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Research Indicates 1.46 Million Australians are Facing Potential Mortgage Stress

Australians “at risk of mortgage stress” have reached a record high amid increasing interest rates, according to research company Roy Morgan.

The research showed that 1.46 million Australians, representing 29.2 percent of mortgage holders, were at risk of mortgage stress in the three months to July 2023, surpassing the 1.46 million record in the three months to May 2008, when there was still a global financial crisis.

The new record, which saw an additional 642,000 households from last year, came as the Reserve Bank of Australia (RBA) announced two 0.25 percent increases to official interest rates to 4.1 percent in June, the highest since May 2012.

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“The latest figures on mortgage stress show that rising interest rates are causing a large increase in the number of mortgage holders considered ‘At Risk’ and further increases will spike these numbers even further. If there is a sharp rise in unemployment, mortgage stress is set to increase towards the record high of 35.6 percent of mortgage holders considered ‘At Risk’ in May 2008 during the GFC,” Roy Morgan CEO Michele Levine said on Aug. 28.

A total of 1.02 million Australians, equivalent to around 20.3 percent of mortgage holders, are now considered “extremely at risk,” Roy Morgan said. The record went significantly beyond the above long-term average of 15.4 percent over the last 15 years.

The research company said that mortgage holders whose repayments comprise 25-45 percent of their household income are considered “at risk.”

Those with higher repayments are categorised as “extremely at risk.”

The number of “at risk” mortgage holders may increase to 1.58 million or around 30.2 percent should the RBA raise the interest rates by another 0.25 percent to 4.35 percent in September, the report said.

A further 0.25 percent hike to bring official interest rates to 4.6 percent in October would also increase the population of “at risk” mortgage holders to 1.6 million equivalent to around 30.7 percent.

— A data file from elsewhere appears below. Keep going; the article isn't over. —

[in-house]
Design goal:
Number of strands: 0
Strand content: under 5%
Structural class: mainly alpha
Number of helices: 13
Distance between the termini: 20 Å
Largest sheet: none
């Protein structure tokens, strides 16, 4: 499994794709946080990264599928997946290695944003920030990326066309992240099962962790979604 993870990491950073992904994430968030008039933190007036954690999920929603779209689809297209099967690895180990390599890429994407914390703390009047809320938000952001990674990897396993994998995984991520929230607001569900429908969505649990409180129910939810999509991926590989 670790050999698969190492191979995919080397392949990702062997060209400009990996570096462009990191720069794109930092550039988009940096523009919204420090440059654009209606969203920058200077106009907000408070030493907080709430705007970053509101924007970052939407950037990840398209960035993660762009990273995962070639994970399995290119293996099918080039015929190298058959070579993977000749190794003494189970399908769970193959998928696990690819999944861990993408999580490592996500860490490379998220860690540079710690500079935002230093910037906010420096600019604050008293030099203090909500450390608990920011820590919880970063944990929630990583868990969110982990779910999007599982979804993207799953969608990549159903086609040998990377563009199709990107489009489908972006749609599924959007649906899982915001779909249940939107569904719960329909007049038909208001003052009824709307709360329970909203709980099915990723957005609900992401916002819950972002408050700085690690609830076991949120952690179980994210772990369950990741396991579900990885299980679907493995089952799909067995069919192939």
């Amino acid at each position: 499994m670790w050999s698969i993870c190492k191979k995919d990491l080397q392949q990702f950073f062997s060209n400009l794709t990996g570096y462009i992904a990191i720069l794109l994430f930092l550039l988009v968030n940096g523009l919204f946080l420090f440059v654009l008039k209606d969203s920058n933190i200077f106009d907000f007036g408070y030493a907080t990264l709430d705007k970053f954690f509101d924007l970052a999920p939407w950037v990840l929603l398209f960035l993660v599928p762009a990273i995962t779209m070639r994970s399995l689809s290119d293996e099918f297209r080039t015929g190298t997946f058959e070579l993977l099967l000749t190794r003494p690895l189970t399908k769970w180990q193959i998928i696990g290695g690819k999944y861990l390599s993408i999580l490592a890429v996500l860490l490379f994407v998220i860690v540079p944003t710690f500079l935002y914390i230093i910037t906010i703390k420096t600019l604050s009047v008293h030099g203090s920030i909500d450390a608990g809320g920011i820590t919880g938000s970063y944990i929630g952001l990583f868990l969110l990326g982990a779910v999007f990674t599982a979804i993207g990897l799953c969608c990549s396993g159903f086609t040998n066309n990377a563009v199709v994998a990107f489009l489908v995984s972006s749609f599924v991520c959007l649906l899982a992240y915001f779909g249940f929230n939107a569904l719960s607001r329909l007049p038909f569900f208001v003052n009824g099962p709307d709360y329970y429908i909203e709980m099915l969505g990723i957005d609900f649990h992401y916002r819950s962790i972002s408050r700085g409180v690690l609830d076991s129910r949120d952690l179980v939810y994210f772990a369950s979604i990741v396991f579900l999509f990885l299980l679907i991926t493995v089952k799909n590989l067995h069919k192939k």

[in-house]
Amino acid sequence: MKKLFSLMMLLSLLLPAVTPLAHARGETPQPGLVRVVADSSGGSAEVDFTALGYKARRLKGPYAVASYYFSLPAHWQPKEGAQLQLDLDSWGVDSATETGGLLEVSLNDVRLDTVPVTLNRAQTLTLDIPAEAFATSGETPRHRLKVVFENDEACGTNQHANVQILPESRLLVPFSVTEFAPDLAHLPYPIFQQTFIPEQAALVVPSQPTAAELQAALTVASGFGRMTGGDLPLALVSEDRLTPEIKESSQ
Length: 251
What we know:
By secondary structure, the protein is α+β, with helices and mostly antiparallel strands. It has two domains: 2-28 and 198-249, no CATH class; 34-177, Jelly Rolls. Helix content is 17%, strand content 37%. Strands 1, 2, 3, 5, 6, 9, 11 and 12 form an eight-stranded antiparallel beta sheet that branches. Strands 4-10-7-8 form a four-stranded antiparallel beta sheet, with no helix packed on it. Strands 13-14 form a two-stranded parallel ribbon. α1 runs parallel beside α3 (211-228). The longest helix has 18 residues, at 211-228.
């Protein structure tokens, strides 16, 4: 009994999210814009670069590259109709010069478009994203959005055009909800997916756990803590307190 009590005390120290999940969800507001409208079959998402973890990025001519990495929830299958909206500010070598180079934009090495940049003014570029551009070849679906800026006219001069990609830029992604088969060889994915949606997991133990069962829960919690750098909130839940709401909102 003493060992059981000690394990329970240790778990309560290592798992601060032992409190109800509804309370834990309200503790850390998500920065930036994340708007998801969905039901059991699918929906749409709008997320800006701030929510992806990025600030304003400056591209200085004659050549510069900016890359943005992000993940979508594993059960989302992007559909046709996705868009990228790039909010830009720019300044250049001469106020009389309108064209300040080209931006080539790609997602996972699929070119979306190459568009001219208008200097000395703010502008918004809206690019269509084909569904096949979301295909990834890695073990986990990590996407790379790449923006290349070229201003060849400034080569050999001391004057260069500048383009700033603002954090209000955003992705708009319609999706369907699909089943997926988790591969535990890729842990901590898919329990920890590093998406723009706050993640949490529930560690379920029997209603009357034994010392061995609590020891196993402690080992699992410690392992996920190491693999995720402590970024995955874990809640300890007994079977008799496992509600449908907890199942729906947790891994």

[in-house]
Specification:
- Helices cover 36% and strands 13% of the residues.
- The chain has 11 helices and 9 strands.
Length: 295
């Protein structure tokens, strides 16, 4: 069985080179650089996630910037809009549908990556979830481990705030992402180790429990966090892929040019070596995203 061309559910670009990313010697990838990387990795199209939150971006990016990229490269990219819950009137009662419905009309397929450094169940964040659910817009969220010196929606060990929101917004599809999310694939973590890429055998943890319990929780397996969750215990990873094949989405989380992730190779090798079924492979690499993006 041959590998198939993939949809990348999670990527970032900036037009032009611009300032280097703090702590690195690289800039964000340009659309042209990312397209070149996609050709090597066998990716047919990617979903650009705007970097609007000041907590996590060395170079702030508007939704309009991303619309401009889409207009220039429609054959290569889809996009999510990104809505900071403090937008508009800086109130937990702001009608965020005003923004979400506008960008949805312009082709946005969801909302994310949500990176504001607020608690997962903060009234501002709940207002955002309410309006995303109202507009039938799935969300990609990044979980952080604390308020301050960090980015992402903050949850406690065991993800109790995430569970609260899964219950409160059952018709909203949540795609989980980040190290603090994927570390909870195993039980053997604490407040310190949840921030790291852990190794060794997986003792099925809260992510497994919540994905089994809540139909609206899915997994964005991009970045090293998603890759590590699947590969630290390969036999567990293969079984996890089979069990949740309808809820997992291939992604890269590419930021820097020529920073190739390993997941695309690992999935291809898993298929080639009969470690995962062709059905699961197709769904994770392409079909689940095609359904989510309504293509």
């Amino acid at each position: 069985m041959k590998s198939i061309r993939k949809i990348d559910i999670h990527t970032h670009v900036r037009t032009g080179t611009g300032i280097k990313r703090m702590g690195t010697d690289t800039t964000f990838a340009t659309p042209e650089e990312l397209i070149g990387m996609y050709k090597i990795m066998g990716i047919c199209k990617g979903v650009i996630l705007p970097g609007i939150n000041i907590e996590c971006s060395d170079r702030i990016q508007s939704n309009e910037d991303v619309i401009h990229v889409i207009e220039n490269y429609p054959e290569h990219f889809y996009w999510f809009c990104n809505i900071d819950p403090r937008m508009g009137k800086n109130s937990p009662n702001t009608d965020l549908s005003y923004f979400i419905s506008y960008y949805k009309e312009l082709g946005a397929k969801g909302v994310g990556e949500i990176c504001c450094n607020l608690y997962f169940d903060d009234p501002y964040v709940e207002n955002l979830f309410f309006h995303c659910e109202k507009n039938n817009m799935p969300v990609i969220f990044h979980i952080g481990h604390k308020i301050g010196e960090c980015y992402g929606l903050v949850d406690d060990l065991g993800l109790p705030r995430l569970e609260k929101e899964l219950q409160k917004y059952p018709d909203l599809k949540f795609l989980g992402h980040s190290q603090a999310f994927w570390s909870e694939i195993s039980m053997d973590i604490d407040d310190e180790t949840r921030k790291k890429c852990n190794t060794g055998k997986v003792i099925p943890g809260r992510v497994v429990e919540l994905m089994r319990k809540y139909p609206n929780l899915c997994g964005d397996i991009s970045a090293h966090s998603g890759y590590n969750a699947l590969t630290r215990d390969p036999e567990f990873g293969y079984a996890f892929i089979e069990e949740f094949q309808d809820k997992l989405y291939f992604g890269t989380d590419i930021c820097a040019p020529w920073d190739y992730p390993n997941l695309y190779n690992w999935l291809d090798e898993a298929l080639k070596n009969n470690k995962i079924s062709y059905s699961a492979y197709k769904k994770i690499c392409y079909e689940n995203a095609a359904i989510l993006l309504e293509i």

“The increases to petrol prices are being driven by a decline in the value of the Australian Dollar which has now dropped below US$0.65 to its lowest for nearly a year since November 2022.

As long as the Australian Dollar stays low and petrol prices stay high, and even increase further, there will be additional inflationary pressures in the economy,” the chief executive said.

“Therefore, although many have suggested the RBA has finished its cycle of interest rate increases, the low Australian Dollar and high petrol and energy prices adding to inflation may force their hand for further interest rate increases in the months ahead.”

Ms. Levine said that the “at risk” category is related to household income, which is directly associated with employment, and a sharp rise in unemployment may push the current figures to breach the 35.6 percent of mortgage holders “at risk” in May 2008.

The Australian Bureau of Statistics reported an unemployment rate of 3.6 percent in July 2023. This is slightly above the 3.4 percent recorded in July 2022, the lowest unemployment rate since August 1974.

RBA Governor Philip Lowe said that Australia’s unemployment rate is expected to rise gradually to 4.50 percent in late 2024.

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